Around the world, in countries and communities whether Christian or not, people will be striving to make this a wonderful Christmas.
Closed borders will be opened, albeit briefly and only for Santa Claus, who will also be exempt from quarantine, so he can deliver his gifts. We will do this for the sake of the children who have suffered much during this year, 2020, the year of the pandemic, a year like no other in living memory. The children have missed many days of schooling and as many days engaging in the play and recreation necessary to develop healthy minds and bodies.
Our own adult routines have been upset; our lives turned topsy-turvy. We Catholics have had to forego weekly Mass and participate remotely. We are thankful that technology at least allows this, though we miss the Eucharist.
Funerals, weddings, reunions, family gatherings, sporting events have all been postponed or radically altered. It is not easy to say goodbye to a loved one by watching the funeral service hundreds of miles away on YouTube.
Many have had to work remotely from home. Many have lost their jobs and their businesses. Governments have struggled to cope financially with the crisis and healthcare workers worldwide have been heroic in the struggle.
As a result of all this, our world has been gripped by anxiety, depression, and fear. In this situation, the words of the angel to Mary need to resonate in every heart: Do not be afraid!
We are invited to let go of our anxieties and fears because God takes on human flesh in the person of Jesus Christ to refocus our hearts and minds from the secular, from the contingent, from the things that shall pass away.
Advent is waiting in Hope. It is not a passive waiting for something or someone to take us out of the depths of depression and despair. Rather it is an expectant and proactive waiting, energised by the confidence we have in Jesus Christ.
It is a confidence, using our God-given talents, that allows us to develop several vaccines in a short period of time, to develop novel therapeutics to treat those who become ill thus decreasing mortality.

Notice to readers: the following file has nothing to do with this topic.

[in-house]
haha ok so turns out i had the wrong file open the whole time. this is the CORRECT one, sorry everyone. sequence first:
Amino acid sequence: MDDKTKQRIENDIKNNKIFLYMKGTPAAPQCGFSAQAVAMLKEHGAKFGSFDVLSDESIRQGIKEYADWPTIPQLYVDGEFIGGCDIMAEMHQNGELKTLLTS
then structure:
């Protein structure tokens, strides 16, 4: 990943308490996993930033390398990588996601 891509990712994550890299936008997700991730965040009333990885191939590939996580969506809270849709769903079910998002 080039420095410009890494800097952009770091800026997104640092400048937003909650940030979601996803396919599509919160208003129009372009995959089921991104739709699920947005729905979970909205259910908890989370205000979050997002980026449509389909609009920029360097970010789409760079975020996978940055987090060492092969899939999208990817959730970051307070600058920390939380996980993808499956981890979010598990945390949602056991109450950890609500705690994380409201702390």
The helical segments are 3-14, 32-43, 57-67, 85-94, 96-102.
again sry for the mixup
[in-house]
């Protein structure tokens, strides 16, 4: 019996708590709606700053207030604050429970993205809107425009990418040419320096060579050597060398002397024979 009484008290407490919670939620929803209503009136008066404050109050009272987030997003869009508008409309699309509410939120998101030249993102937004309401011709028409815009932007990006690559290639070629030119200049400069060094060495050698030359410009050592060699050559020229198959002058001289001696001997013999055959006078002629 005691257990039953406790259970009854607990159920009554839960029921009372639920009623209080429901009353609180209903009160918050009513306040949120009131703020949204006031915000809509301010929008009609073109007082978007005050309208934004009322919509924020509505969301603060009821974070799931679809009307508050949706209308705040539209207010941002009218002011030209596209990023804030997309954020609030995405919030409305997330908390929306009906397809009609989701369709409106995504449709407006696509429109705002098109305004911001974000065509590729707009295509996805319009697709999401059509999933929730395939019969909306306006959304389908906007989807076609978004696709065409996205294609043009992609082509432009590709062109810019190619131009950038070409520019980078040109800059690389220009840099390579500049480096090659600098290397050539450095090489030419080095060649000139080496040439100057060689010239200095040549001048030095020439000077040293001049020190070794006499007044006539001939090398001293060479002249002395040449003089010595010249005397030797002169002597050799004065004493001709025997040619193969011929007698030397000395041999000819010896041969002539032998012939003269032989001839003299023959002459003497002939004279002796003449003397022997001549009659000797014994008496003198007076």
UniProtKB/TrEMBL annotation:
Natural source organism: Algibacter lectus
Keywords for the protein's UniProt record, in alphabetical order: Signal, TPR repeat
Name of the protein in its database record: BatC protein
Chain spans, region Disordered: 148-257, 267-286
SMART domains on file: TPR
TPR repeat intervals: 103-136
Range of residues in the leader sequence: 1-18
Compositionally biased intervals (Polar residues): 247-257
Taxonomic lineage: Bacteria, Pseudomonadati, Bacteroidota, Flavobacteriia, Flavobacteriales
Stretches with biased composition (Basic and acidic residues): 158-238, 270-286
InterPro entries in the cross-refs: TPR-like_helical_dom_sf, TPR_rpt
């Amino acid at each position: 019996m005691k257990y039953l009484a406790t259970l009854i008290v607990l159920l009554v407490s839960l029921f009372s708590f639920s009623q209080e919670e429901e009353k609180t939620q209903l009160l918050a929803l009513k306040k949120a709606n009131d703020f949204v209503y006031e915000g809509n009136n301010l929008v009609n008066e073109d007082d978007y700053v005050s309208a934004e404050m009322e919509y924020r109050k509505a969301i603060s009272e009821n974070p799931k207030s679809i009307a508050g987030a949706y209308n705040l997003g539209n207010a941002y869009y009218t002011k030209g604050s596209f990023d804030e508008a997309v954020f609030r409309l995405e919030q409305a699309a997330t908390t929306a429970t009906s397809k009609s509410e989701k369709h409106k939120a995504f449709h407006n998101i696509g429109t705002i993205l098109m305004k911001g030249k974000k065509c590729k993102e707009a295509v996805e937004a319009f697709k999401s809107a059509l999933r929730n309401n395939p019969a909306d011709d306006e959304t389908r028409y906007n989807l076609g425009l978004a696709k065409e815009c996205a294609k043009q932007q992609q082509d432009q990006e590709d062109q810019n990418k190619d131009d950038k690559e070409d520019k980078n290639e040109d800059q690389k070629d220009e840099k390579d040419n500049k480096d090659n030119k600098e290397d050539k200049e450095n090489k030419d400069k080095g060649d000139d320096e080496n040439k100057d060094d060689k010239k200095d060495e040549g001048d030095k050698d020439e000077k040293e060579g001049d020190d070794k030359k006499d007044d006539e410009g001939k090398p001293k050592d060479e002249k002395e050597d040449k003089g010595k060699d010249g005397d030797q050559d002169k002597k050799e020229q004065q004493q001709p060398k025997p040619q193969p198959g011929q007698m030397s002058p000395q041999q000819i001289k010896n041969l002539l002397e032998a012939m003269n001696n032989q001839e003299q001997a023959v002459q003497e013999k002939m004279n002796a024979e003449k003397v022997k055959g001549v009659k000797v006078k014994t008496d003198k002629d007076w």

To sustain the social discipline to do what we need to do to minimise the spread of the disease, and to provide assistance to those who are adversely affected, including the migrants and refugees among us.
Therefore, this is a Christmas which, in the shadow of the virus, should cause us to reflect on and celebrate its true meaning. The opportunity for such reflection is certainly there. We cannot do all the commercially driven activities we usually do. Social interaction outside of immediate households is limited. There are no Christmas parties, and in-person shopping is heavily curtailed. Without the usual noise and hustle and bustle, we have an open invitation to reflect.
Even as the coronavirus continues to surge in many countries, bringing more sickness and more deaths, for Christmas this year, families will try to get together to share a meal, to talk, to laugh, and to pray. If they cannot do so in person, they will do so virtually. These are the best Christmas gifts of all.
Christmas, the incarnation, the promise of salvation, is what we have been really hoping for. This is a special Christmas in which, with all its deprivations and strangeness, we can see clearly the realisation of the promise of Christ.
We need have no fear. Have a blessed, joyful, and holy Christmas.